A Korean high school student nicknamed the “Genius Girl”–because she purportedly was accepted to several Ivy League colleges and offered a two-year “duel-enrollment opportunity” for Harvard and Stanford–turned out to be a hoax, the Washington Post reported last month.
The Washington Post explained:
“In breathless coverage in the Korean media, the student was hailed as the “Genius Girl,” who made her parents immensely proud by gaining acceptance and scholarships at two of the best schools in the country. According to Korean reports, she had Harvard and Stanford professors fighting for her to enroll. Several news outlets reported that Zuckerberg called her to persuade her to choose Harvard, which he attended for two years. A spokesman for Zuckerberg declined to comment.”
International news outlets were all duped by the teen student from Virginia’s Thomas Jefferson High School for Science and Technology. Gawker-owned Kotaku blog pointed to South Korean news site Chosun, which unpublished its article on the student. The article’s link re-directs to the Chosun homepage, iMediaEthics notes.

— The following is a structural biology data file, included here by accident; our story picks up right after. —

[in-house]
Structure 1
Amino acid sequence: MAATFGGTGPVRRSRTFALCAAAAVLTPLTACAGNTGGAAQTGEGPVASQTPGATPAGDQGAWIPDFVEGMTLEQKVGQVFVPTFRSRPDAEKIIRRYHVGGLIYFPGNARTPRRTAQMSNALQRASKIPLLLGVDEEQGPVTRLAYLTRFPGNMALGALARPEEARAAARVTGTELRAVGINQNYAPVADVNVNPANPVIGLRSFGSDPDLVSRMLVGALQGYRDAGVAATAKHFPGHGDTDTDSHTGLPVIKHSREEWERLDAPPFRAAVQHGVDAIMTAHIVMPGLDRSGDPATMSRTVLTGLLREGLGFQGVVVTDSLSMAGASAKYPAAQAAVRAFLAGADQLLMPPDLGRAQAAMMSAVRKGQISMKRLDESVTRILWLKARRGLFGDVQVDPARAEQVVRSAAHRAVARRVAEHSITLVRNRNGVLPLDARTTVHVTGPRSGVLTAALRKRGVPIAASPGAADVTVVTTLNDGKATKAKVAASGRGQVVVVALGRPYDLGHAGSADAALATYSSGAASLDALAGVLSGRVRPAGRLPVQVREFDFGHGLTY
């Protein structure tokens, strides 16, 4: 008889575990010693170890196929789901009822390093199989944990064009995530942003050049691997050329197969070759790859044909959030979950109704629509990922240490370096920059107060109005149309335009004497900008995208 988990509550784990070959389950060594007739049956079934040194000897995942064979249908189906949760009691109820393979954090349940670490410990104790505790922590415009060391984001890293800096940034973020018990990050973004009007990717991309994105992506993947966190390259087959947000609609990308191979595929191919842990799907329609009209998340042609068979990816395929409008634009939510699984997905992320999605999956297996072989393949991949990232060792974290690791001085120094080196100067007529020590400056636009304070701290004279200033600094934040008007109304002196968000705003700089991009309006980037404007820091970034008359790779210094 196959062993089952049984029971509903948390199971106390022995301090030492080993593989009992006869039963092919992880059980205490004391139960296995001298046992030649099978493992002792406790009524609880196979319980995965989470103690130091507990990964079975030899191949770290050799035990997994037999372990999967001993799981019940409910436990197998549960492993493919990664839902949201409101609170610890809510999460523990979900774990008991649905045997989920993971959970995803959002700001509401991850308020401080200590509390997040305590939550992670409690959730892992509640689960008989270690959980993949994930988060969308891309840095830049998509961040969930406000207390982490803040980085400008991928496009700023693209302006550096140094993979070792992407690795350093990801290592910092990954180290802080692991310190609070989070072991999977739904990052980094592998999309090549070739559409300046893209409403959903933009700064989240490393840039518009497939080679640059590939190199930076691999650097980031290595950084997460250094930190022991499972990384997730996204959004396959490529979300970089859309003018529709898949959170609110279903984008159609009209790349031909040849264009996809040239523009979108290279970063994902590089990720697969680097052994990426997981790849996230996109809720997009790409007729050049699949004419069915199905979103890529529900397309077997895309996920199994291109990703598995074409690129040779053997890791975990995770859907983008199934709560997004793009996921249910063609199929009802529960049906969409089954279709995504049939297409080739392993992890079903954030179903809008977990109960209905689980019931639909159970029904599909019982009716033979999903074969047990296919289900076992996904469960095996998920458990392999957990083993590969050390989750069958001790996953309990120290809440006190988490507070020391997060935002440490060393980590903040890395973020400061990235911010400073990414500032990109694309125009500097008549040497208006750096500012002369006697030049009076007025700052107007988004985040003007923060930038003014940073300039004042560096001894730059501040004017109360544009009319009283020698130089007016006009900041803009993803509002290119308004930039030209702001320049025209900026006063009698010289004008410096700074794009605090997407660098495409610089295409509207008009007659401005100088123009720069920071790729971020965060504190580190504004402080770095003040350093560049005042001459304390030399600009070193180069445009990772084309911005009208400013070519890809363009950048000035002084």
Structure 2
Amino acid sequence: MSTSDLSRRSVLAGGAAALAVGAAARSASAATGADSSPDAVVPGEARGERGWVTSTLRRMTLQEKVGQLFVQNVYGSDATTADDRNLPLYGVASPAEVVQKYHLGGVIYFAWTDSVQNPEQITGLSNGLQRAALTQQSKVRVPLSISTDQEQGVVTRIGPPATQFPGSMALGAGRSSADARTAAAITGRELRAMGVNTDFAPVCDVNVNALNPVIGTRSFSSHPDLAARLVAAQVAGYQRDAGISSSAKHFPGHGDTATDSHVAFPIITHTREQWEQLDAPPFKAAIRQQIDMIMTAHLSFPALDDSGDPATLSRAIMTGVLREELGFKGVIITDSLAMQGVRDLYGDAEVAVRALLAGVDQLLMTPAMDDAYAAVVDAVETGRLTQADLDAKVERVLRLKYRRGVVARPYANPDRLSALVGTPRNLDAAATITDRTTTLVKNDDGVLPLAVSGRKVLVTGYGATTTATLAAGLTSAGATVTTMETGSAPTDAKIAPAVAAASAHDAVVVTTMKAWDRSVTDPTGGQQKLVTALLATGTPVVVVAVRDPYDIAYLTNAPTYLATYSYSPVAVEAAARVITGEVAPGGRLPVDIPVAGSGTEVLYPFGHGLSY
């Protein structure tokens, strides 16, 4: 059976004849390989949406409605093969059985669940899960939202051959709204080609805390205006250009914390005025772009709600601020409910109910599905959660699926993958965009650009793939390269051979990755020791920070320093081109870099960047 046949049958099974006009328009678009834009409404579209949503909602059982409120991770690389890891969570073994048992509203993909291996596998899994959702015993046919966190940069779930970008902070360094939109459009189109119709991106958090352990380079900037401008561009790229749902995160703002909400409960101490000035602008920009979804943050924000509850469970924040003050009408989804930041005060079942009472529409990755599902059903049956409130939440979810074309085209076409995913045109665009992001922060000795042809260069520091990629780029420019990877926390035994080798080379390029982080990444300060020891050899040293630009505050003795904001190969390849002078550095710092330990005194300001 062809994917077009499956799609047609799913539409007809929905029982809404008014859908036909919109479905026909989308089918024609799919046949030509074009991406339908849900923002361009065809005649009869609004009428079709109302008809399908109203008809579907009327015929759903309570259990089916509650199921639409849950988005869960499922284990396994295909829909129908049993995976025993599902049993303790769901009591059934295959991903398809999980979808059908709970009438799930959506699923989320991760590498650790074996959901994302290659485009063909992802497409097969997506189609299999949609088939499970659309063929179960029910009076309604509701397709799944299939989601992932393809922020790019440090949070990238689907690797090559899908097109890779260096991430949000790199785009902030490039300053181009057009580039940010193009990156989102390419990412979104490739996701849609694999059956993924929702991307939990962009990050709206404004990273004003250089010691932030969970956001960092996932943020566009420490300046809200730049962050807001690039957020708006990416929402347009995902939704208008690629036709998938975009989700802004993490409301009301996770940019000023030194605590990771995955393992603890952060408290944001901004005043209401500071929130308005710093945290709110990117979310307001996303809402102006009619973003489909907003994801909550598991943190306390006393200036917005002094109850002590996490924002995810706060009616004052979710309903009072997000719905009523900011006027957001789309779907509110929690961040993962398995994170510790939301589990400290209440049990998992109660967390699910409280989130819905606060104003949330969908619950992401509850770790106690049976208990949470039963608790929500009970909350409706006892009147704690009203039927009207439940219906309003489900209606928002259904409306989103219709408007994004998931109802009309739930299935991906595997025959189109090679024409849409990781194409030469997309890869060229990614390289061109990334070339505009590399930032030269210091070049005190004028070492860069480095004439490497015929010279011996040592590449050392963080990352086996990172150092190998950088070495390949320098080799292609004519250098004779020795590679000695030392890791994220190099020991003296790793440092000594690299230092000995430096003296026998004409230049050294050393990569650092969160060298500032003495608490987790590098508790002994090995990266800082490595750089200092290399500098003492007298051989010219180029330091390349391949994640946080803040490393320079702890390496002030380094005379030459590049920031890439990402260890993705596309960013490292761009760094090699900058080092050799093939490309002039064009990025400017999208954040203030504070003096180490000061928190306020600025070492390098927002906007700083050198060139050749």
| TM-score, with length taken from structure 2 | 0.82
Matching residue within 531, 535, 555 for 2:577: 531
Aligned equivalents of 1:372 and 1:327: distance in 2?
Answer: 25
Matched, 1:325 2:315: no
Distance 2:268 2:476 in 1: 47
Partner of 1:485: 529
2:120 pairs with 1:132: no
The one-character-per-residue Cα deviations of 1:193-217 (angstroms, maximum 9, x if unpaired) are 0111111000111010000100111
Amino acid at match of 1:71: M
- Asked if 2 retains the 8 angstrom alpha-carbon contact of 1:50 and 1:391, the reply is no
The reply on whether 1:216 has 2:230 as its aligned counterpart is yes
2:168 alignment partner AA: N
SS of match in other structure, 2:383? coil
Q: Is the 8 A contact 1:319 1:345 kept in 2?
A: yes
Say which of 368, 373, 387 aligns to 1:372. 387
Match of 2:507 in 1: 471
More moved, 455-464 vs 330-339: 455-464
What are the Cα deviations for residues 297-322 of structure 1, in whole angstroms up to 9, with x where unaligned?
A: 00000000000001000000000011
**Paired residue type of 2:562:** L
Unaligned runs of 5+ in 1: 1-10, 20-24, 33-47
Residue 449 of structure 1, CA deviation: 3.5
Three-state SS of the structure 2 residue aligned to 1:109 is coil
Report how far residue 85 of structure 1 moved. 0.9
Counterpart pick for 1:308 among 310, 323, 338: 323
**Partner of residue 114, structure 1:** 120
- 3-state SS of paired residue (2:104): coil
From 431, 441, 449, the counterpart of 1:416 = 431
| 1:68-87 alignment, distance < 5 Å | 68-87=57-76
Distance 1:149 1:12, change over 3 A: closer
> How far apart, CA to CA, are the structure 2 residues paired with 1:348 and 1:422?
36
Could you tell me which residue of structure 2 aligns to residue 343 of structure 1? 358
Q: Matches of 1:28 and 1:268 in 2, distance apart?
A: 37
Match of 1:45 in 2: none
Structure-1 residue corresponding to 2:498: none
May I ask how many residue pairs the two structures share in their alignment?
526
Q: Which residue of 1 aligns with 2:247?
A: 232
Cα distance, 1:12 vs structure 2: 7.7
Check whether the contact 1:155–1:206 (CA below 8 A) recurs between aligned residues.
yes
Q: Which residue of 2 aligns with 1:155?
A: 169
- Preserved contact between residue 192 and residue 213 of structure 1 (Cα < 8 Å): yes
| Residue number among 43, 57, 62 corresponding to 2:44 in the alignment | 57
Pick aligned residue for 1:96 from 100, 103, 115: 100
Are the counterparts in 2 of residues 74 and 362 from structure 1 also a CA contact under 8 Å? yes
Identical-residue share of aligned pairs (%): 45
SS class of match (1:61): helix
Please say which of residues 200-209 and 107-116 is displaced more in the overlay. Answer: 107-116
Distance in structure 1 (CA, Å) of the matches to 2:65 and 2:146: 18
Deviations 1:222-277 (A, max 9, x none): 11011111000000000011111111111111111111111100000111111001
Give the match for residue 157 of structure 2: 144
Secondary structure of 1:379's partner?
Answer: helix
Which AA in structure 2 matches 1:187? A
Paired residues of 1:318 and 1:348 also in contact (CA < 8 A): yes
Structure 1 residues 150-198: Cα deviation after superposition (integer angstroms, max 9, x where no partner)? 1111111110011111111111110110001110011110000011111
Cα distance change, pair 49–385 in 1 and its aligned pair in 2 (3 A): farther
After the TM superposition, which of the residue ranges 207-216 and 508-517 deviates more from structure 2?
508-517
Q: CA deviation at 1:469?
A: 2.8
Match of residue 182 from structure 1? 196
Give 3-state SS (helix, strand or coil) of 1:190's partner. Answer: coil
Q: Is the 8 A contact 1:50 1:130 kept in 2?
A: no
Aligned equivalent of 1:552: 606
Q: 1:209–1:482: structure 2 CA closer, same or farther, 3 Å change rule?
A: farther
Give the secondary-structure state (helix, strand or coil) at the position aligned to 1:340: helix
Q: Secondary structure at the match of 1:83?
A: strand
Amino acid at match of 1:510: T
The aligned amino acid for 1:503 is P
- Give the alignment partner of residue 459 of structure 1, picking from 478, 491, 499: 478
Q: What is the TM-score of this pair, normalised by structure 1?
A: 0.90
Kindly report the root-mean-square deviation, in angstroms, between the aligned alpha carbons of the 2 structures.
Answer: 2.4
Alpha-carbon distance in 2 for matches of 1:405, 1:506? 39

The Post reported:
“The senior’s tale of academic conquest of admission into what turned out to be a bogus program apparently was designed to impress her parents, peers and teachers as part of the annual cutthroat competition for the relatively tiny number of spots at the nation’s top schools. The faked admission story went much further than most teen fantasies: It made its way to the international media, where the student’s parents admitted the truth and publicly shamed themselves before the Korean community.”
The girl’s father apologized in a statement to Korean news agency Yonhap “for causing trouble with what is not true.” Both Stanford and Harvard universities told the Washington Post the admissions letters were fakes and that there is no such duel enrollment program.
The Washington Post didn’t name the teenager “because she is a minor who has not been accused of a crime.”